And never mind that independent (not Northrop-sponsored) analyses show that if Northrop gets the tanker it will create some 48,000 new direct and indirect jobs in the United States -- some 4,000 more than the Boeing version -- with 230 suppliers based in all 50 states. The Northrop plane itself would be assembled in a new, labor-intensive plant in Mobile, Alabama, with crucial, satellite economic boosts throughout the Gulf Coast from Louisiana into Florida.
Mobile County Commissioner Stephen Nodine put it in perspective: "The Gulf Coast has been devastated by four major hurricanes [just beginning with Katrina; the year before Katrina saw four storms inflict major damage on the eastern Gulf Coast] and is trying to rebuild our economy. If Obama and his administration want to make a statement about rebuilding the Gulf Coast, and get the best plane for the job… this is the way to go to reward American ingenuity and American resolve on the Gulf Coast."
Nodine has helped secure resolutions of support for the Northrop bid from city councils in virtually every coastal town from New Orleans to Melbourne, Florida.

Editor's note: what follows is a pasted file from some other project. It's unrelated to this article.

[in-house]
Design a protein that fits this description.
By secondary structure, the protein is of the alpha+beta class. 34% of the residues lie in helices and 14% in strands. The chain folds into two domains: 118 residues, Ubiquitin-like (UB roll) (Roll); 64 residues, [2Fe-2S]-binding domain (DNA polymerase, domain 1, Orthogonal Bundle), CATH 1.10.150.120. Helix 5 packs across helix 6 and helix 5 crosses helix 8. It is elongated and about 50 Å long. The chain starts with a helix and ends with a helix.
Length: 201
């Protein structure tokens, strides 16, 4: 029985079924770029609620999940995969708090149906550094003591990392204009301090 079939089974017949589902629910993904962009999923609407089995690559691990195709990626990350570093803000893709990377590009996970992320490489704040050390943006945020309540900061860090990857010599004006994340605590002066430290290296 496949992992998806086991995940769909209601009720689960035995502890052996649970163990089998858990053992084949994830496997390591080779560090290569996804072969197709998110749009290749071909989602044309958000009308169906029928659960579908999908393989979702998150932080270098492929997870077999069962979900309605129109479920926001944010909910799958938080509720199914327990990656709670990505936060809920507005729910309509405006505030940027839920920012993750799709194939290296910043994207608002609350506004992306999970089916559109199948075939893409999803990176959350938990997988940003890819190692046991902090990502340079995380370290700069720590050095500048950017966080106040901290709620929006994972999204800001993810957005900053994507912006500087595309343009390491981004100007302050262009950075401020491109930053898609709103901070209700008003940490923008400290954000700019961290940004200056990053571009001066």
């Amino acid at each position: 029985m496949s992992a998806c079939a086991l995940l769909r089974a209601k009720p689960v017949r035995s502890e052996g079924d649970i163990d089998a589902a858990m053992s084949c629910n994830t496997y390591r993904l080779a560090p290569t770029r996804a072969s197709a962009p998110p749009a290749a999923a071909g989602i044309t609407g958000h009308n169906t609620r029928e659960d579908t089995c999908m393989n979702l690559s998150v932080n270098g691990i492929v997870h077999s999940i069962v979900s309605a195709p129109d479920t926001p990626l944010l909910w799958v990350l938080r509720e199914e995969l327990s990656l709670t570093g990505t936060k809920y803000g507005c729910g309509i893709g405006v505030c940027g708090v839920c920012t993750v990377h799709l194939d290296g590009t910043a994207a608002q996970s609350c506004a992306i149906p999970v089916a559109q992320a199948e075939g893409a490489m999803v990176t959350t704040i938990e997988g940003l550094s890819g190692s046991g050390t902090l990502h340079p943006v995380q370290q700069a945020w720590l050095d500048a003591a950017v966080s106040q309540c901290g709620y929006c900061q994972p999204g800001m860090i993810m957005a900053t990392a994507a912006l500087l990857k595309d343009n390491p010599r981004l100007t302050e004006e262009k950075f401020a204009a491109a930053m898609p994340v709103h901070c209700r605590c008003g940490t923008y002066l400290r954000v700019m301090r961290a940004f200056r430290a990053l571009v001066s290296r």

U.S. Rep. Jo Bonner of Mobile adds a broader perspective, noting, as have many others, that the current tanker fleet is five decades old and becoming more and more dangerous to fly, with fewer and fewer of the planes available for use at any one time.
"Do we no longer need to project strength and purpose around the world?" he asked. "All over the world there are hot spots that could require American leadership at a moment's notice.… For years, everybody in Congress and the Air Force has agreed this is the nation's Number One military acquisition priority… that the tanker is the glue that keeps everything else [involving the ability to "project force"] together. We have to get it right sooner rather than later."
That last point is important: It is generally acknowledged that, whatever the other merits of the two competing planes, the Northrop plane will be ready to come off the assembly line far sooner than the Boeing one.